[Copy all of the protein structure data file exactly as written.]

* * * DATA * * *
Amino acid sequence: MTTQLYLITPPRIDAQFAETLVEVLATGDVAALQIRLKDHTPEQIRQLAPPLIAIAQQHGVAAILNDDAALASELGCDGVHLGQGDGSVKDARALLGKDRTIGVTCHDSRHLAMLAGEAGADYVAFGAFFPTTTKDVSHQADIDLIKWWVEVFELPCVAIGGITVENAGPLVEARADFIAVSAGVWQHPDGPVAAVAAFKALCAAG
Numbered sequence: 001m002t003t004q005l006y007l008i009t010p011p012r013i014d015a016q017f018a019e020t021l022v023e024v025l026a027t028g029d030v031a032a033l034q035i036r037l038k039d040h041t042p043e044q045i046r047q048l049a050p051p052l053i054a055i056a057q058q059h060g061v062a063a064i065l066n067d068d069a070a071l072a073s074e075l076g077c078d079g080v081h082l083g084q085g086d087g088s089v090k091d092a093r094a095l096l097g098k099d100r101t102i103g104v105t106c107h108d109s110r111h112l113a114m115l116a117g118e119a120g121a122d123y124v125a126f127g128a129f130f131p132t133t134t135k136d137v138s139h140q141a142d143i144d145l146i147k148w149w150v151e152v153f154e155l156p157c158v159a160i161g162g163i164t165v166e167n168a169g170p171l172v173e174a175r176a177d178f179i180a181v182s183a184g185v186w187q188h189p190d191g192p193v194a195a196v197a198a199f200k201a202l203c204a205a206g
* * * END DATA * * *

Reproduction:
Amino acid sequence: MTTQLYLITPPRIDAQFAETLVEVLATGDVAALQIRLKDHTPEQIRQLAPPLIAIAQQHGVAAILNDDAALASELGCDGVHLGQGDGSVKDARALLGKDRTIGVTCHDSRHLAMLAGEAGADYVAFGAFFPTTTKDVSHQADIDLIKWWVEVFELPCVAIGGITVENAGPLVEARADFIAVSAGVWQHPDGPVAAVAAFKALCAAG
Numbered sequence: 001m002t003t004q005l006y007l008i009t010p011p012r013i014d015a016q017f018a019e020t021l022v023e024v025l026a027t028g029d030v031a032a033l034q035i036r037l038k039d040h041t042p043e044q045i046r047q048l049a050p051p052l053i054a055i056a057q058q059h060g061v062a063a064i065l066n067d068d069a070a071l072a073s074e075l076g077c078d079g080v081h082l083g084q085g086d087g088s089v090k091d092a093r094a095l096l097g098k099d100r101t102i103g104v105t106c107h108d109s110r111h112l113a114m115l116a117g118e119a120g121a122d123y124v125a126f127g128a129f130f131p132t133t134t135k136d137v138s139h140q141a142d143i144d145l146i147k148w149w150v151e152v153f154e155l156p157c158v159a160i161g162g163i164t165v166e167n168a169g170p171l172v173e174a175r176a177d178f179i180a181v182s183a184g185v186w187q188h189p190d191g192p193v194a195a196v197a198a199f200k201a202l203c204a205a206g